Saturday, July 10, 2010

A Lesson in Degradation

Image and video hosting by TinyPic

The Gimp doesn't rotate images too cleanly in indexed colour mode.

10 frames below:

Image and video hosting by TinyPic

If you're using Firefox get yourself an image zoom addon and blow it up and then stare at it for 30 seconds and then look at someone you love and then kill them to spare them from the bugs crawling under their skin.

12 comments:

Andrew said...

I'm surprised it will do it at all. Most effects require full color. What you do is convert the image to RGB while you work with it and then when it's time to save go back to indexed.

Substance McGravitas said...

I'd ordinarily rotate in Quartz Composer and build a GIF out of exported frames, but the spikiness was interesting.

mikey said...

Why doesn't your cool mac graphics card take care of that with anti-aliasing in hardware?

Substance McGravitas said...

Any explanation I have for that'd be talking out of my ass, but I'd be impressed if you could rotate 36 frames of this on another system using the GIMP on a two colour GIF and not get the same result. I'd be surprised if Photoshop did it in a pristine fashion.

mikey said...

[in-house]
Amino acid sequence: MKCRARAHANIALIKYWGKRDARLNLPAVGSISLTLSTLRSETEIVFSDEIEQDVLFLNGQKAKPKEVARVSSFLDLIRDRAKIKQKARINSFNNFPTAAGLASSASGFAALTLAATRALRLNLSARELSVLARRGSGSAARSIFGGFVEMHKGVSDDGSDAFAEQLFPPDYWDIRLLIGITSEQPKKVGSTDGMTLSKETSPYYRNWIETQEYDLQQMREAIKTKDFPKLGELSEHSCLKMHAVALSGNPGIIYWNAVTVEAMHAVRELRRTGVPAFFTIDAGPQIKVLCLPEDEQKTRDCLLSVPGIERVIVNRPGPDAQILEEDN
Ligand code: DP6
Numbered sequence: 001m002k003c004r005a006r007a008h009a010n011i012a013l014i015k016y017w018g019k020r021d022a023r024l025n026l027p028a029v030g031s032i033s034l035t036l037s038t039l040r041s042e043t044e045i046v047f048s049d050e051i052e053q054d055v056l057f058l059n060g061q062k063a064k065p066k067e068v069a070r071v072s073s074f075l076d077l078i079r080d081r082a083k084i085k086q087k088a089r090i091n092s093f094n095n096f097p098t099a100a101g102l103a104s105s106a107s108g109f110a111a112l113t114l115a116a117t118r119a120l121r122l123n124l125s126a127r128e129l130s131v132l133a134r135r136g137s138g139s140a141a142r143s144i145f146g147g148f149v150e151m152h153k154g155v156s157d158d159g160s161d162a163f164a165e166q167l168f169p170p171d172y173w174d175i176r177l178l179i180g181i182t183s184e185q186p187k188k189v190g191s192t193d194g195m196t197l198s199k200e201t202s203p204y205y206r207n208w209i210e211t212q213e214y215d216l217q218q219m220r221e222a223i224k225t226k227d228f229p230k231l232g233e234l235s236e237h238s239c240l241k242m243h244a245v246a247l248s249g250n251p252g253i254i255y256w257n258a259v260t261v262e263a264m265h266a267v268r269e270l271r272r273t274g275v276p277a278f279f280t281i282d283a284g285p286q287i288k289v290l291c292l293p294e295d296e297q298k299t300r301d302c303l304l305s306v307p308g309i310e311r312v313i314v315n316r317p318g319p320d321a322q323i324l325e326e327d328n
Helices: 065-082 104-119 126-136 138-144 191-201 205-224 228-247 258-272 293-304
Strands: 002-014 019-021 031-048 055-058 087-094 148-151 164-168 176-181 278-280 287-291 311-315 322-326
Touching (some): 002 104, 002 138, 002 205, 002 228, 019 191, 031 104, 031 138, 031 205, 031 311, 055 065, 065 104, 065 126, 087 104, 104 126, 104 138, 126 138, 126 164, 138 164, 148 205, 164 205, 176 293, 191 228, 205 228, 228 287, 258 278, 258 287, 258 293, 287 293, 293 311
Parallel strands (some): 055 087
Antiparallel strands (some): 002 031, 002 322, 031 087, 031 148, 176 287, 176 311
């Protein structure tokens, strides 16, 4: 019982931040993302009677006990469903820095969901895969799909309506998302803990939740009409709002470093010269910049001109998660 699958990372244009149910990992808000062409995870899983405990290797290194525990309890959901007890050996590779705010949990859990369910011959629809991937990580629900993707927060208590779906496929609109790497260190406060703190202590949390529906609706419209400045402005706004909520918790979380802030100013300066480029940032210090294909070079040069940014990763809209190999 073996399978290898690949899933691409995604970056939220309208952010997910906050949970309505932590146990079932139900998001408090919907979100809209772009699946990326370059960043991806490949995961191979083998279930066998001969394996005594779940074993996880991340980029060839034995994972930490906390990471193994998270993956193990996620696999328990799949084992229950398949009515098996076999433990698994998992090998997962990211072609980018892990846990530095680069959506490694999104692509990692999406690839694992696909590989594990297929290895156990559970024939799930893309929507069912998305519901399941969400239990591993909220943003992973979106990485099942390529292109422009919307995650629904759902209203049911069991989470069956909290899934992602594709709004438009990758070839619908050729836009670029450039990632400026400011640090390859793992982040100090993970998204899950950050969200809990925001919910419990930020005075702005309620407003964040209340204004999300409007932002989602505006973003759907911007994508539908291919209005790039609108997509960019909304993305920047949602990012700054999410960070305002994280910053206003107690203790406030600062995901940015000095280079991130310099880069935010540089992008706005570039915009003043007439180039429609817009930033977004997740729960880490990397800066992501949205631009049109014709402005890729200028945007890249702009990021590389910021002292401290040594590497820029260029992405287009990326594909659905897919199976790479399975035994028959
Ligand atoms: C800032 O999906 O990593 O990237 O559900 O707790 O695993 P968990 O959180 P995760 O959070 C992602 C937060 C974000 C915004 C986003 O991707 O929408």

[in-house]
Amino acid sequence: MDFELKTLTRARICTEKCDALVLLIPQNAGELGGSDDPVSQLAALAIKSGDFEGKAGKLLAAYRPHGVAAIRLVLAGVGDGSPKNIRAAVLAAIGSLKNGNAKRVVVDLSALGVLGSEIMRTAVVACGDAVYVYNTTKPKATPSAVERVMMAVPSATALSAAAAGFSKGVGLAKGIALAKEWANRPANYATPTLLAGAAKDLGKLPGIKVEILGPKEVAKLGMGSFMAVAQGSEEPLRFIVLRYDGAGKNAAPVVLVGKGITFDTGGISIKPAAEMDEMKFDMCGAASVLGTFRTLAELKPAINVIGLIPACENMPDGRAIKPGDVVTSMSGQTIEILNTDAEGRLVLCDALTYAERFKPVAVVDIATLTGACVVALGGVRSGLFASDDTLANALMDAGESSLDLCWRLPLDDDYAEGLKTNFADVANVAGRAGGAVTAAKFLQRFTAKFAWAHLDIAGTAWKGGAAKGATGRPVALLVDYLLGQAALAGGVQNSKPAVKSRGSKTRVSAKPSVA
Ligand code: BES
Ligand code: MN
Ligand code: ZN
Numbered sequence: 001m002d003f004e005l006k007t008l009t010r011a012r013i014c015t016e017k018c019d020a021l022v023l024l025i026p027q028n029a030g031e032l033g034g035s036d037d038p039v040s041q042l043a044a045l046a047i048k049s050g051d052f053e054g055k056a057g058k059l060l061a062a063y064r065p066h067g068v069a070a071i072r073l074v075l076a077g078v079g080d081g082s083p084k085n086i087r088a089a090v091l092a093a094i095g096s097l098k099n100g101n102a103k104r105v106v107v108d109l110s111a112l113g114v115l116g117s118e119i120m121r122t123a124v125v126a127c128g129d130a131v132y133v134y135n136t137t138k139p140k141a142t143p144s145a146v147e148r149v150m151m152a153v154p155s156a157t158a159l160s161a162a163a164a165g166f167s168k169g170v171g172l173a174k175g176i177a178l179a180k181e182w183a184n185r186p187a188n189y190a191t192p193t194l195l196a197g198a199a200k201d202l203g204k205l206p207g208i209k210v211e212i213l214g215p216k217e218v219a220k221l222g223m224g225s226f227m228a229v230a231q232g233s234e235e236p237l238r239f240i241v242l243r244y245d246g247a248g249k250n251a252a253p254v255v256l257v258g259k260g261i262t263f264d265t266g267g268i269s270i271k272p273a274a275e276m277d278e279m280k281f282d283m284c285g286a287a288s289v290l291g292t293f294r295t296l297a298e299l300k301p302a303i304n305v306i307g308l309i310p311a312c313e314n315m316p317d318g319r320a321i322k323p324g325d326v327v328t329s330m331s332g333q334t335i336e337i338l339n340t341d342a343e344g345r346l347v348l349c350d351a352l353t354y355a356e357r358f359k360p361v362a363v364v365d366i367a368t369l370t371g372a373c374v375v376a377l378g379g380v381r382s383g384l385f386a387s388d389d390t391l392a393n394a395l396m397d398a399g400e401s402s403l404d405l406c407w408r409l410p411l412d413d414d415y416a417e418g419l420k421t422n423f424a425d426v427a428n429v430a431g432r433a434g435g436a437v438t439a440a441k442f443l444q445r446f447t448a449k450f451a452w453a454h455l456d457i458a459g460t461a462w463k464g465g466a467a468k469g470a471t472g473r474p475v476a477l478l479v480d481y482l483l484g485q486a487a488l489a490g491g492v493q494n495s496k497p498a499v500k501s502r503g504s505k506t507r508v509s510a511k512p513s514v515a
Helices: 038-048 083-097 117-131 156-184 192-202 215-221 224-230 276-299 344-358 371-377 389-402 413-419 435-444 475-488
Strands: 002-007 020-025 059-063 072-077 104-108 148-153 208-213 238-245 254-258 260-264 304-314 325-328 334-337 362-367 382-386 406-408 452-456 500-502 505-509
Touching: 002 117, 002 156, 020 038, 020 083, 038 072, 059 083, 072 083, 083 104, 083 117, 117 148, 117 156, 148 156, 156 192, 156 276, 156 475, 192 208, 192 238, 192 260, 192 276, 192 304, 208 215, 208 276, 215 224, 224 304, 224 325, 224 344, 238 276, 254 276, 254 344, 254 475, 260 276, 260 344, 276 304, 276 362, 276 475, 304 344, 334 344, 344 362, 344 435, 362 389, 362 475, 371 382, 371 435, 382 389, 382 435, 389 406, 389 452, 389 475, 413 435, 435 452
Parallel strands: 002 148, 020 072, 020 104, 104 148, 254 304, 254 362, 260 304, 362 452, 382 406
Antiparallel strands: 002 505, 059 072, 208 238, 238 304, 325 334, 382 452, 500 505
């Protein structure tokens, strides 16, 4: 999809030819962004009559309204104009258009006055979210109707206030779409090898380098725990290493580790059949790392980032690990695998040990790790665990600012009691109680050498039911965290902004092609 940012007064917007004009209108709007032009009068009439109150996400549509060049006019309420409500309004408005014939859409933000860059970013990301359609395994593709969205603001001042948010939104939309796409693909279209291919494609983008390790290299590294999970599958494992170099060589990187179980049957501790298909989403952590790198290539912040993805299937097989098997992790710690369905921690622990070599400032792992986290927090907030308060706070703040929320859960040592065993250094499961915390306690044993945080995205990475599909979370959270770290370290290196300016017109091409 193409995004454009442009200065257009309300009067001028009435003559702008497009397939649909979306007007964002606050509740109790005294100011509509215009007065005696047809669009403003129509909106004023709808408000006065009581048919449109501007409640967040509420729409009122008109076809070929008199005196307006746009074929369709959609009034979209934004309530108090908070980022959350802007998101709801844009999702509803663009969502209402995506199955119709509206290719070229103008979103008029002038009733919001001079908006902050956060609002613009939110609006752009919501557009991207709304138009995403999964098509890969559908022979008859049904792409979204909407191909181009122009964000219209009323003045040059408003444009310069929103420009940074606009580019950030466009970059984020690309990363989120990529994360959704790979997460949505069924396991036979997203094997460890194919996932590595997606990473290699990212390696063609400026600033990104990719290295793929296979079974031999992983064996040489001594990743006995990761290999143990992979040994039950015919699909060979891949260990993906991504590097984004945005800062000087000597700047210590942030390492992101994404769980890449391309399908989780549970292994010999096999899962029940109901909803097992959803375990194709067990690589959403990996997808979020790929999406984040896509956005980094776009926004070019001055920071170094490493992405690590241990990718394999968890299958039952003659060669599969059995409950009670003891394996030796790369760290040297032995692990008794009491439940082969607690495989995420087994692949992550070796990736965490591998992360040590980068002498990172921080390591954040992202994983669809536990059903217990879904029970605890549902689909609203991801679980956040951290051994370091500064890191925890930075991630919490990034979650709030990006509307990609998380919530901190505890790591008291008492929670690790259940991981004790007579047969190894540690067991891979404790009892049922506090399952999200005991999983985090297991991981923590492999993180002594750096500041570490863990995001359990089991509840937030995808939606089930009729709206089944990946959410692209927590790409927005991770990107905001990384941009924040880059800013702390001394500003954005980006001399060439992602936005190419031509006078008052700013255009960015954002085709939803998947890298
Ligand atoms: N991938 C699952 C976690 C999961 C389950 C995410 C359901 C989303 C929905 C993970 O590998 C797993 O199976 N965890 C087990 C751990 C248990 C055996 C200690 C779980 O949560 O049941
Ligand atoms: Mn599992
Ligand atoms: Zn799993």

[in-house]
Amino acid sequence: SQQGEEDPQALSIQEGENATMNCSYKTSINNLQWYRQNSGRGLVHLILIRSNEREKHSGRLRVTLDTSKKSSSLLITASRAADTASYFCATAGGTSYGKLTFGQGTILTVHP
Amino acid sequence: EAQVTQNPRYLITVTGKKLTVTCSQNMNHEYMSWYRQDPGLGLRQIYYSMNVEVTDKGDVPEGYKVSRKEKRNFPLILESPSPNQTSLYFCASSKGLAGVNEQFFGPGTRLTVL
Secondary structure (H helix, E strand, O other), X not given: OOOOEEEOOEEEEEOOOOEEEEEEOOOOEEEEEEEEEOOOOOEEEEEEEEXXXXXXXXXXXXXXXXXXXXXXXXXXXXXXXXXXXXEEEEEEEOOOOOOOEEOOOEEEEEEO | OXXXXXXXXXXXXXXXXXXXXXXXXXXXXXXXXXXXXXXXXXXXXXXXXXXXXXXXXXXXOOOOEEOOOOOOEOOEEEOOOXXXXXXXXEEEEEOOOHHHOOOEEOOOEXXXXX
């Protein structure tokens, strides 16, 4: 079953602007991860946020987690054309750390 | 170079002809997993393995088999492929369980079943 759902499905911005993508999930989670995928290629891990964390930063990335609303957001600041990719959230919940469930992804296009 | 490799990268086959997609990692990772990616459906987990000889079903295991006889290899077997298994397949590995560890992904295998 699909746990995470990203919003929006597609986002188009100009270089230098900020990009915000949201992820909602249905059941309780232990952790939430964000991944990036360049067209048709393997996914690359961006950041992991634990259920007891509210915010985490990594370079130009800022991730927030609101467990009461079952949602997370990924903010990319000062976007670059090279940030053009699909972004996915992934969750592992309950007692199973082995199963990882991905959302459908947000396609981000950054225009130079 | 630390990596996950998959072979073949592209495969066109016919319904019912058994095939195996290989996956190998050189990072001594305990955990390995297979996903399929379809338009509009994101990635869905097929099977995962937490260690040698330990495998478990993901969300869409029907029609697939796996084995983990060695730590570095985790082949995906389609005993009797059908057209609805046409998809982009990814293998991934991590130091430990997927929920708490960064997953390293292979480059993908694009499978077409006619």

I think you're right. But most modern dedicated graphics chips do like a 4x supersample and render that down. One would have thought that would keep all that spurious noise from taking hold...

Substance McGravitas said...

What you do is convert the image to RGB while you work with it and then when it's time to save go back to indexed

After I got interested in the spikes I duplicated layers and rotated those ten degrees: I'll bet it'd look fine if I just duplicated layer one and rotated it ten, twenty, thirty degrees and so forth.

Ass-talking-out-of time: in a two colour picture any rotation algorithm is gonna have to decide on whether a pixel is on or off, and when you're dealing with curves you'll inevitably wind up with a pixel that should only be 40% on, therefore I imagine Photoshop would fuck this up too.

Quartz Composer produces a large and beautiful screensaver that produces the skin-crawling effect that this generates quite nicely indeed.

ifthethunderdontgetya™³²®© said...

I remember when I could write spaghetti BASIC on an Apple II, and be considered a tech nerd.

DAMN YOU ALL TO HELL!
~

mikey said...

Why, it's The Time Tunnel™!!

Andrew said...

Quartz Composer will almost certainly use your GPU. GIMP does not (yet) use GPU for anything, because using GPU in photo editing programs (or web browsers, etc.) is retarded. I personally view it as a gimmick that Photoshop CS5 does that.

No, but seriously, GIMP has a new graphics backend that might be able to take "accelerated" paths for some operations similar to the way your operating system's graphics system does.

Andrew said...

Oh, and anything that goes through the GPU will be converted to bit-depth color, probably transparently if Photoshop/Quartz Composer will let you do it at all. When you open a GIF it's probably converted into a 24/32 bit texture.

GPUs have no sense of indexed colors.

Smut Clyde said...

Some people cannot be trusted with the Motion Afterimage Effect.
I have have a mind to upload some animated gifs that use the Benham-Fechner effect to generate illusory colours. There is flicker.

Another Kiwi said...

Top one has fractal edges, I;'m telling ya.